The Living Classroom
The Outer Banks is a unique environment complete with ocean, sounds, beaches, and salt marshes. Such diversity of ecosystems translates to a plethora of unique habitats and organisms in one relatively central location. Students will have the opportunity to explore each of these systems while learning how human interactions and public policy affect and interact with the natural environment.
The Coastal Studies Institute hosts the field site every fall semester and is located on Roanoke Island, which lies between the barrier island and the mainland. While students will be traveling through a large portion of the Outer Banks, the majority of their classes and laboratory work will be conducted at the institute building.
The Outer Banks Field Site offers 17 credit hours including three classes, individual internships, and a capstone research opportunity pertaining to current issues of the North Carolina Coast. Combined, the experience offers a comprehensive analysis of environmental decision-making, public policy, law, natural resource management, and city and regional planning of the specific coastal area. Such a targeted focus allows students to immerse themselves not strictly in academics but also in the community, providing a truly unique learning opportunity with the entire Outer Banks as their classroom.
A typical week
· Classes held at CSI
· Internships at an organization that pertains to an area of interest. It can be anything from writing environmental press releases to shadowing a local attorney.
· Field trips to experience first-hand the habitats we’re learning about and interact with the community we’re living in
· Capstone research: fieldwork, literature review, personal interviews, laboratory work, or writing up report drafts
· Listening to guest speakers who are experts in certain areas of art, history, science, or policy
· Attending CAB meeting to speak with community members on progress with the capstone and receive their input from a local standpoint
Ecological Processes in Environmental Systems: Coastal and Estuarine Ecology (4 credits)
This course explores the various coastal ecosystems found in the Outer Banks and the primary human influences that affect these systems, whether intentional or unintentional. Students will be asked to engage in critical thinking about the relationship between humans and the environment and consider options for conservation and management. The course includes a laboratory portion that will include data collection and field techniques through first-hand exploration of the Outer Banks
Coastal Law and Policy (3 credits)
This course takes a look at current federal, state, and local law that affects the coast as well as the history of changes and additions to coastal regulation. Focus is placed on state and local law dealing with the regulation of coastal resources, coastal zone management, and sustainable development. Students will hear from various guest speakers with expert knowledge about current issues and the unique challenges faced by those who implement and develop coastal law and policies.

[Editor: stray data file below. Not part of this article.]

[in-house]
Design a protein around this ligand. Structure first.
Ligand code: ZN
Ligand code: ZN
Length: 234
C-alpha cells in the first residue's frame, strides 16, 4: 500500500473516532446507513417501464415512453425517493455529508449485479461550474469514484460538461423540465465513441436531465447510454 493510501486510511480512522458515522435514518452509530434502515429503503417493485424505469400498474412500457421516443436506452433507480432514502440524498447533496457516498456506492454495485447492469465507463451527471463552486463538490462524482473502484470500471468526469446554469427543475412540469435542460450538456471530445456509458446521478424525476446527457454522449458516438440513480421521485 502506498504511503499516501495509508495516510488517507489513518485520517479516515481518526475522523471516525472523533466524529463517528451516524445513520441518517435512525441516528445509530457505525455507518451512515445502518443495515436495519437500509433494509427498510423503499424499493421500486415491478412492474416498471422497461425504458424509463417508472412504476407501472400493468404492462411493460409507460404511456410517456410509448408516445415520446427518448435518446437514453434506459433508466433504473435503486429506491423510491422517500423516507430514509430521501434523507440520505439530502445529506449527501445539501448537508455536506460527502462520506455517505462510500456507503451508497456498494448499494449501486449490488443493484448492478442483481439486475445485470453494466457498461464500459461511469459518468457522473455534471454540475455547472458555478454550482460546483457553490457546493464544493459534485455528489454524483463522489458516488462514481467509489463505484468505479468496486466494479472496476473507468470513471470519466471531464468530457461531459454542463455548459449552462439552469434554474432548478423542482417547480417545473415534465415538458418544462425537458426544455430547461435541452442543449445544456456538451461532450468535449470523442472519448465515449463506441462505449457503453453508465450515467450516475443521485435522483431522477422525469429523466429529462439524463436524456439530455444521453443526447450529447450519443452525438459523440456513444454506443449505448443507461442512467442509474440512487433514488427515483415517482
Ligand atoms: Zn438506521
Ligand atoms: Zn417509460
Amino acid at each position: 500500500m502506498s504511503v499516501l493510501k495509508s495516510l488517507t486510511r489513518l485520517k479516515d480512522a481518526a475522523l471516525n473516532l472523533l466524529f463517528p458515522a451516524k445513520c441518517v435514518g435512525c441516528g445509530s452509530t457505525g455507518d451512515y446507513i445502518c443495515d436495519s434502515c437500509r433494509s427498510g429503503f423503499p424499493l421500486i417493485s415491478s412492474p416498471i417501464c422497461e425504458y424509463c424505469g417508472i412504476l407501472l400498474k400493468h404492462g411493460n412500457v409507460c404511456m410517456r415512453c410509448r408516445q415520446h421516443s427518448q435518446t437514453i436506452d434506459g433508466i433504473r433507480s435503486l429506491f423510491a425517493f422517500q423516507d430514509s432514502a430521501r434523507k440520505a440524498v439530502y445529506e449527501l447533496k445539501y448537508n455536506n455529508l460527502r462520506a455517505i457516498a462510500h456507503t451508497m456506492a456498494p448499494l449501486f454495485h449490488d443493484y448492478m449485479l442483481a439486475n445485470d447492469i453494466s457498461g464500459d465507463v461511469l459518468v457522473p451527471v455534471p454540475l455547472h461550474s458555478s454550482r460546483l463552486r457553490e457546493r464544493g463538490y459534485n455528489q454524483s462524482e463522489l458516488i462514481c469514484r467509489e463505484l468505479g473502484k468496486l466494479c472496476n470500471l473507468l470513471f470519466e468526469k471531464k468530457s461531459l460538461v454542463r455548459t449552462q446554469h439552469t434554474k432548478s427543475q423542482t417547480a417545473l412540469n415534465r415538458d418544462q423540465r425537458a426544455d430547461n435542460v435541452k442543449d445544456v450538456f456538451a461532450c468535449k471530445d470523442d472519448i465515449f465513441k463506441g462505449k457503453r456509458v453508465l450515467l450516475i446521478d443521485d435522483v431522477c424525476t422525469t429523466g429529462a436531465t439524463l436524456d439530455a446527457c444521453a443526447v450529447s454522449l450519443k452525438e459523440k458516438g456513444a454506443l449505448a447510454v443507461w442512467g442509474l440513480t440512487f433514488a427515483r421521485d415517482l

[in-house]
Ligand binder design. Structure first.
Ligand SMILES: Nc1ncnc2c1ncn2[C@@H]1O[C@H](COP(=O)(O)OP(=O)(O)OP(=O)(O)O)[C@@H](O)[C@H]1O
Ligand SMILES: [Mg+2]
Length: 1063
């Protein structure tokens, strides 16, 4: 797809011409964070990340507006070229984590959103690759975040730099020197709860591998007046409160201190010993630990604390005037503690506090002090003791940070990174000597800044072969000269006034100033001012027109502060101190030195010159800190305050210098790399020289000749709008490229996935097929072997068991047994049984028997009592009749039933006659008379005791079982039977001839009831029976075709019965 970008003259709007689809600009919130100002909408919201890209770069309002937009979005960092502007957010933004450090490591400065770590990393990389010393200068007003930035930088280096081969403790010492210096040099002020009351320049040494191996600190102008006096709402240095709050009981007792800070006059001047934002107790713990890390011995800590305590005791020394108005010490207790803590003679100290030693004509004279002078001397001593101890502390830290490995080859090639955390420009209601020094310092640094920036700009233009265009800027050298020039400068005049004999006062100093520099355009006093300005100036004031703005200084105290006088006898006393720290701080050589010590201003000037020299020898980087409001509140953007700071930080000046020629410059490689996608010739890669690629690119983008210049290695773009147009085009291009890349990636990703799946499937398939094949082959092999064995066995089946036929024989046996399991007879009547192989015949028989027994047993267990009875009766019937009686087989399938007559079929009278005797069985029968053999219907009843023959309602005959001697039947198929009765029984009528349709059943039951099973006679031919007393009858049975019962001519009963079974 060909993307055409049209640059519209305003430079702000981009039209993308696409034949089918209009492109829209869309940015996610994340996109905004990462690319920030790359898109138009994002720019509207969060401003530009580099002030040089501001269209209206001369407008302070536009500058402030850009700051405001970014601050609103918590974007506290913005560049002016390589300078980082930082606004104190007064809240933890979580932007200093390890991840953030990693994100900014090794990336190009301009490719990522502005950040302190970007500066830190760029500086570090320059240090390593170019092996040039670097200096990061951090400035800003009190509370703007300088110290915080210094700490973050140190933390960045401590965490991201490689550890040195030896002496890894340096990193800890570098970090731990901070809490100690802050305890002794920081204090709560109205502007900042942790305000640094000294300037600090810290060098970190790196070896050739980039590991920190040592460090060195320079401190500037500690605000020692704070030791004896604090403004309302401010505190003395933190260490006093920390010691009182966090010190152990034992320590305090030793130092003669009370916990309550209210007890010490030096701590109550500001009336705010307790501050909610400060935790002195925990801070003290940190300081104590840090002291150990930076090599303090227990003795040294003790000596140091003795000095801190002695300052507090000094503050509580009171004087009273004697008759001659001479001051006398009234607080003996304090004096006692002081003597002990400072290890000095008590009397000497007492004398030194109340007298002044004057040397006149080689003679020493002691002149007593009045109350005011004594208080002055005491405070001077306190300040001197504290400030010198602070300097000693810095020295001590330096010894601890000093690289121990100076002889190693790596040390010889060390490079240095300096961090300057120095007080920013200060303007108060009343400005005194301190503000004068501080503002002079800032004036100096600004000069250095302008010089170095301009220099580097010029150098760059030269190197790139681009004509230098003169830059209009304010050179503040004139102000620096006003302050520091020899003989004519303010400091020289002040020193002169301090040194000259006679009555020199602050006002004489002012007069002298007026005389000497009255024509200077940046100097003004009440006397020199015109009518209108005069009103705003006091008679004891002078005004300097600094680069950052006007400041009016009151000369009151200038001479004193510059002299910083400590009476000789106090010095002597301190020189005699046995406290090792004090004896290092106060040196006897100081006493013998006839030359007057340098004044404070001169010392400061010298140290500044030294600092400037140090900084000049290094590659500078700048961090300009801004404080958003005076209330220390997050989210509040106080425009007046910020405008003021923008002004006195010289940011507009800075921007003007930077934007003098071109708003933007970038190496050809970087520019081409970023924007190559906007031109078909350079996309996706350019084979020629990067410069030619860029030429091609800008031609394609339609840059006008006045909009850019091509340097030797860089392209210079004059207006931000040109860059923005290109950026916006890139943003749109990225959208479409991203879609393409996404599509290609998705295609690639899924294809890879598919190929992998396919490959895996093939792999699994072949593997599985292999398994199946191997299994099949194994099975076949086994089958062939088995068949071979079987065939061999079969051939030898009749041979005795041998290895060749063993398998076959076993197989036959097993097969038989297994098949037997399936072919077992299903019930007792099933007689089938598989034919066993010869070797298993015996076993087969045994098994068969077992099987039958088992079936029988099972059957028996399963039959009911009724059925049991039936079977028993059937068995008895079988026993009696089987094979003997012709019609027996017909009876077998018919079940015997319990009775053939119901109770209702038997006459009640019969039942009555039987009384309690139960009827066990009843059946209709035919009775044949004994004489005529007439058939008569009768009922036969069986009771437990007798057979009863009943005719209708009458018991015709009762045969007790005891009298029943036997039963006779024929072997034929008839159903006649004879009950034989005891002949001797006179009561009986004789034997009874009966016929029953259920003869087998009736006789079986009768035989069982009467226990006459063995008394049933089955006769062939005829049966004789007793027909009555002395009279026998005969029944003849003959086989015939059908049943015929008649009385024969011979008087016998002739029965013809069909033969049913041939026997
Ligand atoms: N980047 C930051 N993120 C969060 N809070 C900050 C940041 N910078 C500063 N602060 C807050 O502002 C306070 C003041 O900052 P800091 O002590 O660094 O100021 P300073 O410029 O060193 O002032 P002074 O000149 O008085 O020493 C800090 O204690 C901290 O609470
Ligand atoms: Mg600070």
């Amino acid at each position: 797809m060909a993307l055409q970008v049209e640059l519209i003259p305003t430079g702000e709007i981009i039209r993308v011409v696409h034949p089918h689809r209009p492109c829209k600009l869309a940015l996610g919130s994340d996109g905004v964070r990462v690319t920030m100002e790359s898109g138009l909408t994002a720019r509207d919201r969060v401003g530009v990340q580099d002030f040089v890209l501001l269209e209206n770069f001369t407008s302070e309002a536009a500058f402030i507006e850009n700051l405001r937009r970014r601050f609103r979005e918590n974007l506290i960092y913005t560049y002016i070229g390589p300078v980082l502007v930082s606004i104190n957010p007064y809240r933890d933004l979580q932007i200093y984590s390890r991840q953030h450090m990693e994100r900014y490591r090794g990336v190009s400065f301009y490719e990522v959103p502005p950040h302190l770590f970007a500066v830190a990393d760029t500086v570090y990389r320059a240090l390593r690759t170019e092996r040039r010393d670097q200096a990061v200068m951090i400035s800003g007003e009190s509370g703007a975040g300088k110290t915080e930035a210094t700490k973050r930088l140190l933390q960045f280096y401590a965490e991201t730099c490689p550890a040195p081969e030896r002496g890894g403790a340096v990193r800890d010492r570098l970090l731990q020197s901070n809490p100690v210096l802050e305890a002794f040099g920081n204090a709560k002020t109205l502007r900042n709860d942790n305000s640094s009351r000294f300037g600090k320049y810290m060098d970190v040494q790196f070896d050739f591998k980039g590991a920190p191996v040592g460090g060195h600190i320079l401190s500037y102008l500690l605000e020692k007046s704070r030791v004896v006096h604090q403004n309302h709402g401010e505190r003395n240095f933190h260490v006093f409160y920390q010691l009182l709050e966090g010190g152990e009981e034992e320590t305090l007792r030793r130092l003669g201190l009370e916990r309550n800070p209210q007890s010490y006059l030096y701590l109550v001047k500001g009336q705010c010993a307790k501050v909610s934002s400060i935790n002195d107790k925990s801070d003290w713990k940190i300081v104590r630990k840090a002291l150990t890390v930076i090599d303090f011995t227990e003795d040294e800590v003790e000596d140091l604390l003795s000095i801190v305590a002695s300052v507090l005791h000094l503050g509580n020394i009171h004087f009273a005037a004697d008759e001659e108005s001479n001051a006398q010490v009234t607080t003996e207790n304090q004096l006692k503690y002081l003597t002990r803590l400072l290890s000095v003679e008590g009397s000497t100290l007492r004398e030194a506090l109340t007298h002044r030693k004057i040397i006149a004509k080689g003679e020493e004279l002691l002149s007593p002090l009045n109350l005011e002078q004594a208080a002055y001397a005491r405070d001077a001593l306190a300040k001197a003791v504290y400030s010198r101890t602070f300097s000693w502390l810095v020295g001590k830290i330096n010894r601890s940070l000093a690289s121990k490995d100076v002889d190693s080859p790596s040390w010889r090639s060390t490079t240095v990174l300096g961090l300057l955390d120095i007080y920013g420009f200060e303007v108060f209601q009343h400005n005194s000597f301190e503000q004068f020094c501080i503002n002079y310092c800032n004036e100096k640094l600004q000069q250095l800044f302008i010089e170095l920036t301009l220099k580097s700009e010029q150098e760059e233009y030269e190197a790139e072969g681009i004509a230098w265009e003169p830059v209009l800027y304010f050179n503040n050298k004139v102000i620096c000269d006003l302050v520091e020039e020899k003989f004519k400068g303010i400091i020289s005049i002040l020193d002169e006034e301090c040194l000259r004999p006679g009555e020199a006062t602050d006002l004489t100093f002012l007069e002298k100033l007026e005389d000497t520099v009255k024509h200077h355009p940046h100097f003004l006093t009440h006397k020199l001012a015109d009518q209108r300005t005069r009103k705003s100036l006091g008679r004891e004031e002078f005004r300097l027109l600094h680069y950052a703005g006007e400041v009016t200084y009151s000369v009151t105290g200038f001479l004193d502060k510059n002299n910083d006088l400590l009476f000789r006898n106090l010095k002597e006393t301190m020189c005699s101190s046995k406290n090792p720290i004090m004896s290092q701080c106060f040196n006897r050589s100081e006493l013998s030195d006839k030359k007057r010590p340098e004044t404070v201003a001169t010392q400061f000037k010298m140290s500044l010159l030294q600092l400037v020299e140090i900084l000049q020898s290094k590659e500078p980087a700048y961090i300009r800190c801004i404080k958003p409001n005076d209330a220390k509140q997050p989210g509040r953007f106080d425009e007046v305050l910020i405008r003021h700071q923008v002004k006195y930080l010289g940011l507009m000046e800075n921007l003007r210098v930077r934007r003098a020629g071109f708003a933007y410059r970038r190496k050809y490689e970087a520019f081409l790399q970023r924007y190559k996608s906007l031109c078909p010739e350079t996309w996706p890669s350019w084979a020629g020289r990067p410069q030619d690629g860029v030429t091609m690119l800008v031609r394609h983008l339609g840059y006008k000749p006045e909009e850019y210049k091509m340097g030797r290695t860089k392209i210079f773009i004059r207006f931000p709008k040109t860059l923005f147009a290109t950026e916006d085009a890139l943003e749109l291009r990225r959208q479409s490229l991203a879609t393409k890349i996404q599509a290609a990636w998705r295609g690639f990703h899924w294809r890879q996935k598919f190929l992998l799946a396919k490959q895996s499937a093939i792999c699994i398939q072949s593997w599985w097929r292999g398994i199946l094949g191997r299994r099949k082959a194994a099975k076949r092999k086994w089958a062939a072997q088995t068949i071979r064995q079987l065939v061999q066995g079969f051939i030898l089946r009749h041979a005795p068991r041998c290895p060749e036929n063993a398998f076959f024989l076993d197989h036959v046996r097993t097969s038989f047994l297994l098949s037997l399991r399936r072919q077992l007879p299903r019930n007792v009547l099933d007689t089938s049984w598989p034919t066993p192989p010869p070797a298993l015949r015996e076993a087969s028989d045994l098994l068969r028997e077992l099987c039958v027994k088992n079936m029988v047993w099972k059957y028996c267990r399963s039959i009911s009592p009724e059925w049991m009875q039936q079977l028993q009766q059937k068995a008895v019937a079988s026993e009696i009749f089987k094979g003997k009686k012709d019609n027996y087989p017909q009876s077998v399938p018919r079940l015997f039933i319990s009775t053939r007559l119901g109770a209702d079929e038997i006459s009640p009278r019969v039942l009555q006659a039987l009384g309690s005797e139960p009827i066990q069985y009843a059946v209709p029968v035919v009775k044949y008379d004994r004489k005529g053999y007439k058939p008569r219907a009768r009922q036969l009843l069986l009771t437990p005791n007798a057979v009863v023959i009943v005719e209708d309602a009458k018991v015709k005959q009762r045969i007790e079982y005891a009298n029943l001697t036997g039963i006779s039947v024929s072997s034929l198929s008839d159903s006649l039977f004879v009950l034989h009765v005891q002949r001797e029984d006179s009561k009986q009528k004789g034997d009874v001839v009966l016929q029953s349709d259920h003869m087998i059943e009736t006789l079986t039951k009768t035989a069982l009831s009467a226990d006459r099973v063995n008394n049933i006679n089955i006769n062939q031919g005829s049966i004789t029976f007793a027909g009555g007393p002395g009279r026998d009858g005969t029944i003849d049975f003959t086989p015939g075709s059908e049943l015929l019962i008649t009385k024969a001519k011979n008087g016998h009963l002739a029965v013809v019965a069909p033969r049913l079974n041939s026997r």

Economics of Coastal Resources (3 credits)
ENEC 485 incorporates economics, politics, ethics, and other social sciences to develop an in-depth understanding of the current environmental policy and resource use. A social science recitation is also included in the course to give students hands-on experience in collecting and analyzing social data that can be used as in aid when making decisions on coastal issues. The recitation will cover qualitative research strategies and interaction with the local population, which will contribute to the capstone research.
Capstone (3 credits)
The OBX capstone combines social and natural science to provide a comprehensive answer to a question related to coastal processes and communities. Students will establish a foundation through literary review then conduct environmental and sociological research and undergo thorough laboratory experimentation to add to current knowledge regarding coastal science.
Internship/Independent Study (3 credits)
Students will gain professional experience through working closely with an individual in their field of interest.
Seminar on Coastal Issues (1 credit)
ENEC 204 offers students different perspectives on the unique aspects of North Carolina’s coast through field trips and discussions. The course takes a look at environmental policies as well as the history and culture of the NC coast. Guest speakers will provide information on coastal science, history, art, and culture to illustrate the inter-connectivity of the subjects.